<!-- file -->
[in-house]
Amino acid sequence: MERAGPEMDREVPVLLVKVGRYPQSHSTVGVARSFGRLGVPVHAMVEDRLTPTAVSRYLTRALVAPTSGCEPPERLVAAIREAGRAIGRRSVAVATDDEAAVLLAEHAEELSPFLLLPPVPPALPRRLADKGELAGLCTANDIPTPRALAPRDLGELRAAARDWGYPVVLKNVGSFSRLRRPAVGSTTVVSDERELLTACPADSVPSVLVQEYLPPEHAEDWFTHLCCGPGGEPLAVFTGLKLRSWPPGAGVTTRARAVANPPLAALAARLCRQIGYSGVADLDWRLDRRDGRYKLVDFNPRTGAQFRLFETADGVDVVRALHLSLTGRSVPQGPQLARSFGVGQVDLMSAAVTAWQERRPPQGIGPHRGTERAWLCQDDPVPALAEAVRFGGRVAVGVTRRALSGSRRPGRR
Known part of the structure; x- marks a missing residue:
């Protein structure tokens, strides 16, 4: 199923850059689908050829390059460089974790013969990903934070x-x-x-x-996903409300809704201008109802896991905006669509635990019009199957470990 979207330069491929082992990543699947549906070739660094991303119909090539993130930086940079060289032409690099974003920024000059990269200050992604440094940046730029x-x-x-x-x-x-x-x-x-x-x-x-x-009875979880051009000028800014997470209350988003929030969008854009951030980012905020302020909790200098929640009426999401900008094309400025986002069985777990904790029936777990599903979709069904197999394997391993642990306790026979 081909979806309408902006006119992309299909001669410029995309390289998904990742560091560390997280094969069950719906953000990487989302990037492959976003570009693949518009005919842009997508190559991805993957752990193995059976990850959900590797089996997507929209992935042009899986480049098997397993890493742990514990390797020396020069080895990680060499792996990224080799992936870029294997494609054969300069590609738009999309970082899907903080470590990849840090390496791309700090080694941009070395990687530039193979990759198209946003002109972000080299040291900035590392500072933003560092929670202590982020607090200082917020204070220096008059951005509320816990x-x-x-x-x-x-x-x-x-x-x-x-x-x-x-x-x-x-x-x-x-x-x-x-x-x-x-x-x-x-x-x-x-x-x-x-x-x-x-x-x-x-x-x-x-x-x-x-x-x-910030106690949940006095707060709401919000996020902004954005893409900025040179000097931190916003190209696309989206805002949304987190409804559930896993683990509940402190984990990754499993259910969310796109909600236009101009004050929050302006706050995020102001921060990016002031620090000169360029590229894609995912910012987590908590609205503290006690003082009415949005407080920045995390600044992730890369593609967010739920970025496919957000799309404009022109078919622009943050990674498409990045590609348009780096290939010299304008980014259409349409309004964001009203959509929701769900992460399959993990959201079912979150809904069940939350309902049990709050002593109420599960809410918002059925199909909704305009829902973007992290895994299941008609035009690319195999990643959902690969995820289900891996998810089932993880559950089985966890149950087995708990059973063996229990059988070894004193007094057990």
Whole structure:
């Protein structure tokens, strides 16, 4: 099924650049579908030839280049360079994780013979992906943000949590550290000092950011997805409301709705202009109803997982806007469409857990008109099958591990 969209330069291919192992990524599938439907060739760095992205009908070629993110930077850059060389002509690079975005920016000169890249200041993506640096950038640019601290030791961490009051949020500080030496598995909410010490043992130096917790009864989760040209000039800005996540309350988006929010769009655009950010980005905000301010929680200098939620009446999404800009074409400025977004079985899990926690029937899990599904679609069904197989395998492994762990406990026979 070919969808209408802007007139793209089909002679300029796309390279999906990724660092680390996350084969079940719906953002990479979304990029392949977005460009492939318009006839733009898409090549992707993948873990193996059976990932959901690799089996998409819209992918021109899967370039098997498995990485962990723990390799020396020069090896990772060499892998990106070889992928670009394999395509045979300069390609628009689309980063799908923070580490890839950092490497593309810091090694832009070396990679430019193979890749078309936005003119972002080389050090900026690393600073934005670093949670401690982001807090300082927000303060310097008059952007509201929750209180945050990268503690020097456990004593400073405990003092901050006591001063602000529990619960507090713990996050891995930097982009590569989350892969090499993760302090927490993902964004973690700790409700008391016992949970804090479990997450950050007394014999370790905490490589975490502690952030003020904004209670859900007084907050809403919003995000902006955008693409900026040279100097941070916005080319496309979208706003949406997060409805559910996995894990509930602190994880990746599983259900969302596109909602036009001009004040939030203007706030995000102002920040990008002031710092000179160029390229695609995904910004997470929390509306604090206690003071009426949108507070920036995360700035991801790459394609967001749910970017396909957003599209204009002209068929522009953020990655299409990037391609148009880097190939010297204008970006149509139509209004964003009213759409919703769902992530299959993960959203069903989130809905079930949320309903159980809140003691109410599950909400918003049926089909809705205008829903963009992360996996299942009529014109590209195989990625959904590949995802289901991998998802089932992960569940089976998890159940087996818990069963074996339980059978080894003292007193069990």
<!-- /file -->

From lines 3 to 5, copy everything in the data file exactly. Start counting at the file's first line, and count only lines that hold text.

Known part of the structure; x- marks a missing residue:
């Protein structure tokens, strides 16, 4: 199923850059689908050829390059460089974790013969990903934070x-x-x-x-996903409300809704201008109802896991905006669509635990019009199957470990 979207330069491929082992990543699947549906070739660094991303119909090539993130930086940079060289032409690099974003920024000059990269200050992604440094940046730029x-x-x-x-x-x-x-x-x-x-x-x-x-009875979880051009000028800014997470209350988003929030969008854009951030980012905020302020909790200098929640009426999401900008094309400025986002069985777990904790029936777990599903979709069904197999394997391993642990306790026979 081909979806309408902006006119992309299909001669410029995309390289998904990742560091560390997280094969069950719906953000990487989302990037492959976003570009693949518009005919842009997508190559991805993957752990193995059976990850959900590797089996997507929209992935042009899986480049098997397993890493742990514990390797020396020069080895990680060499792996990224080799992936870029294997494609054969300069590609738009999309970082899907903080470590990849840090390496791309700090080694941009070395990687530039193979990759198209946003002109972000080299040291900035590392500072933003560092929670202590982020607090200082917020204070220096008059951005509320816990x-x-x-x-x-x-x-x-x-x-x-x-x-x-x-x-x-x-x-x-x-x-x-x-x-x-x-x-x-x-x-x-x-x-x-x-x-x-x-x-x-x-x-x-x-x-x-x-x-x-910030106690949940006095707060709401919000996020902004954005893409900025040179000097931190916003190209696309989206805002949304987190409804559930896993683990509940402190984990990754499993259910969310796109909600236009101009004050929050302006706050995020102001921060990016002031620090000169360029590229894609995912910012987590908590609205503290006690003082009415949005407080920045995390600044992730890369593609967010739920970025496919957000799309404009022109078919622009943050990674498409990045590609348009780096290939010299304008980014259409349409309004964001009203959509929701769900992460399959993990959201079912979150809904069940939350309902049990709050002593109420599960809410918002059925199909909704305009829902973007992290895994299941008609035009690319195999990643959902690969995820289900891996998810089932993880559950089985966890149950087995708990059973063996229990059988070894004193007094057990």
Whole structure: